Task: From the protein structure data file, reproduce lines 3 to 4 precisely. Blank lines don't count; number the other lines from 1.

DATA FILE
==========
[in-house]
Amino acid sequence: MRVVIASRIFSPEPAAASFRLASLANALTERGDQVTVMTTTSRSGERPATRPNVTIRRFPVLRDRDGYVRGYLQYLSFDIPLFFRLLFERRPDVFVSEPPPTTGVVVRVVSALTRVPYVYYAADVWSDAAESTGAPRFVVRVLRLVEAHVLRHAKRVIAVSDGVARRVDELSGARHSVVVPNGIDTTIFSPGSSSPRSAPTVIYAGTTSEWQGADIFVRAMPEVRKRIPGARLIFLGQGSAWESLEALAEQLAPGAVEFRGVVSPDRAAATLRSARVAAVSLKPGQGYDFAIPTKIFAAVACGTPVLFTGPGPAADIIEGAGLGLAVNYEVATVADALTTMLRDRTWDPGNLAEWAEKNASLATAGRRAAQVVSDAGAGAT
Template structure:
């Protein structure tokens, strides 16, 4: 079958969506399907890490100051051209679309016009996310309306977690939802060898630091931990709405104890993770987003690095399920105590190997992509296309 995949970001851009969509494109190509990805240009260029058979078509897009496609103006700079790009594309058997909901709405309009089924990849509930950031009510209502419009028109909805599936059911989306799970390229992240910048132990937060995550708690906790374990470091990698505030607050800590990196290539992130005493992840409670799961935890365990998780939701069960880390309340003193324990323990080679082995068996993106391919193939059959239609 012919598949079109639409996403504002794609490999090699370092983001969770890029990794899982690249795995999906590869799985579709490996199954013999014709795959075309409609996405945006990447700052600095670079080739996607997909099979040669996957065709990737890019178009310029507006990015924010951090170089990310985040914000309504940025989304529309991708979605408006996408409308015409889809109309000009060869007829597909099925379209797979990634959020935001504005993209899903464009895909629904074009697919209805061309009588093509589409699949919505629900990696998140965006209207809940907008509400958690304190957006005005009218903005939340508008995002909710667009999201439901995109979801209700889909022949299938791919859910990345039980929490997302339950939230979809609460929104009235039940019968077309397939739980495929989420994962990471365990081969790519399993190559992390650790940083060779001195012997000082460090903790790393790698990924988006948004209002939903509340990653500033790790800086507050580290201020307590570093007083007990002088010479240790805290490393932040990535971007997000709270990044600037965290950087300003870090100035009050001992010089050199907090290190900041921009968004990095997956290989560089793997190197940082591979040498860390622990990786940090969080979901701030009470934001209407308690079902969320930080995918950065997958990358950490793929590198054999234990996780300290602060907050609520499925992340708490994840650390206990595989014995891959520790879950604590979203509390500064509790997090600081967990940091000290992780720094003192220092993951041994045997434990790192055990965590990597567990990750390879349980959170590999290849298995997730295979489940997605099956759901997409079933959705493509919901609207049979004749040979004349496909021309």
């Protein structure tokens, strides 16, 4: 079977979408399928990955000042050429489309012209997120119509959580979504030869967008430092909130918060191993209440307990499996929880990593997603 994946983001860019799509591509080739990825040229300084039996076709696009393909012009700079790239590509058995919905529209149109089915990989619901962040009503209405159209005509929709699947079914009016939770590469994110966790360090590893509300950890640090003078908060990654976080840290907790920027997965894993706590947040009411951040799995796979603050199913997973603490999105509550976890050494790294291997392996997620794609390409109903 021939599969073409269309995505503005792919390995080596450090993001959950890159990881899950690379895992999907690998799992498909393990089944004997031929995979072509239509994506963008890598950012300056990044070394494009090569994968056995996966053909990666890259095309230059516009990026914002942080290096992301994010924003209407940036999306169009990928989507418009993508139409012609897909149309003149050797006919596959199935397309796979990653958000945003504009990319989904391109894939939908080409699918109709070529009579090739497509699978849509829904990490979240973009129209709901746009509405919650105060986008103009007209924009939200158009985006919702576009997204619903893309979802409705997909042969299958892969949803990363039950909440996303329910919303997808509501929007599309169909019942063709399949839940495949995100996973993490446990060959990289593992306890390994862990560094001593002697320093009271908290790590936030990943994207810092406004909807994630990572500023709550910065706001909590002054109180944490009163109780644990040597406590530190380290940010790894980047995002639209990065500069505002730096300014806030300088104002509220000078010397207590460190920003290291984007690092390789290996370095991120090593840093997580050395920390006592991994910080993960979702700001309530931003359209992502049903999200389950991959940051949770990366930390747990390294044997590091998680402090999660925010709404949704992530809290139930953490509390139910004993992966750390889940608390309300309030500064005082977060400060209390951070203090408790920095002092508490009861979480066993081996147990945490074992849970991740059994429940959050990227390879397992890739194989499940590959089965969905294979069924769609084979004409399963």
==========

Template structure:
């Protein structure tokens, strides 16, 4: 079958969506399907890490100051051209679309016009996310309306977690939802060898630091931990709405104890993770987003690095399920105590190997992509296309 995949970001851009969509494109190509990805240009260029058979078509897009496609103006700079790009594309058997909901709405309009089924990849509930950031009510209502419009028109909805599936059911989306799970390229992240910048132990937060995550708690906790374990470091990698505030607050800590990196290539992130005493992840409670799961935890365990998780939701069960880390309340003193324990323990080679082995068996993106391919193939059959239609 012919598949079109639409996403504002794609490999090699370092983001969770890029990794899982690249795995999906590869799985579709490996199954013999014709795959075309409609996405945006990447700052600095670079080739996607997909099979040669996957065709990737890019178009310029507006990015924010951090170089990310985040914000309504940025989304529309991708979605408006996408409308015409889809109309000009060869007829597909099925379209797979990634959020935001504005993209899903464009895909629904074009697919209805061309009588093509589409699949919505629900990696998140965006209207809940907008509400958690304190957006005005009218903005939340508008995002909710667009999201439901995109979801209700889909022949299938791919859910990345039980929490997302339950939230979809609460929104009235039940019968077309397939739980495929989420994962990471365990081969790519399993190559992390650790940083060779001195012997000082460090903790790393790698990924988006948004209002939903509340990653500033790790800086507050580290201020307590570093007083007990002088010479240790805290490393932040990535971007997000709270990044600037965290950087300003870090100035009050001992010089050199907090290190900041921009968004990095997956290989560089793997190197940082591979040498860390622990990786940090969080979901701030009470934001209407308690079902969320930080995918950065997958990358950490793929590198054999234990996780300290602060907050609520499925992340708490994840650390206990595989014995891959520790879950604590979203509390500064509790997090600081967990940091000290992780720094003192220092993951041994045997434990790192055990965590990597567990990750390879349980959170590999290849298995997730295979489940997605099956759901997409079933959705493509919901609207049979004749040979004349496909021309």